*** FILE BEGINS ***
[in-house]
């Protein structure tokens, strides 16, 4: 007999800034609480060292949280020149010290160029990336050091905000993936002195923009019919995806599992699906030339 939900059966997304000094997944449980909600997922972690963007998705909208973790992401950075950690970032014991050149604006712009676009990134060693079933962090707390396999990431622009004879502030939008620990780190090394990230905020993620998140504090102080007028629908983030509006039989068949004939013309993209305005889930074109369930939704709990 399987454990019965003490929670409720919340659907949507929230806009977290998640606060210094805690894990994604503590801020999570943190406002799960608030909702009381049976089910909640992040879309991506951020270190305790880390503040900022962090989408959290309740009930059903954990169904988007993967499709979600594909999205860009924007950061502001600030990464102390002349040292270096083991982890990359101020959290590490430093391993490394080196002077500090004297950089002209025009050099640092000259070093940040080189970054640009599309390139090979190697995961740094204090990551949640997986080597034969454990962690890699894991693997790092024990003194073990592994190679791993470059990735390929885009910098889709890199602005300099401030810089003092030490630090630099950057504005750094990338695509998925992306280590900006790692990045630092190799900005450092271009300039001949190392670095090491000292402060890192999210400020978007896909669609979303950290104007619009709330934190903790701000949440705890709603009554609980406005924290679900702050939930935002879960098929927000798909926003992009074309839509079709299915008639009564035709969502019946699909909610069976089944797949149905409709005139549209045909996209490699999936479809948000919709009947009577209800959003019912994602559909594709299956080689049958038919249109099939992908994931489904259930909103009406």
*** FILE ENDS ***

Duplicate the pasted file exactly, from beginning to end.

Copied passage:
[in-house]
């Protein structure tokens, strides 16, 4: 007999800034609480060292949280020149010290160029990336050091905000993936002195923009019919995806599992699906030339 939900059966997304000094997944449980909600997922972690963007998705909208973790992401950075950690970032014991050149604006712009676009990134060693079933962090707390396999990431622009004879502030939008620990780190090394990230905020993620998140504090102080007028629908983030509006039989068949004939013309993209305005889930074109369930939704709990 399987454990019965003490929670409720919340659907949507929230806009977290998640606060210094805690894990994604503590801020999570943190406002799960608030909702009381049976089910909640992040879309991506951020270190305790880390503040900022962090989408959290309740009930059903954990169904988007993967499709979600594909999205860009924007950061502001600030990464102390002349040292270096083991982890990359101020959290590490430093391993490394080196002077500090004297950089002209025009050099640092000259070093940040080189970054640009599309390139090979190697995961740094204090990551949640997986080597034969454990962690890699894991693997790092024990003194073990592994190679791993470059990735390929885009910098889709890199602005300099401030810089003092030490630090630099950057504005750094990338695509998925992306280590900006790692990045630092190799900005450092271009300039001949190392670095090491000292402060890192999210400020978007896909669609979303950290104007619009709330934190903790701000949440705890709603009554609980406005924290679900702050939930935002879960098929927000798909926003992009074309839509079709299915008639009564035709969502019946699909909610069976089944797949149905409709005139549209045909996209490699999936479809948000919709009947009577209800959003019912994602559909594709299956080689049958038919249109099939992908994931489904259930909103009406």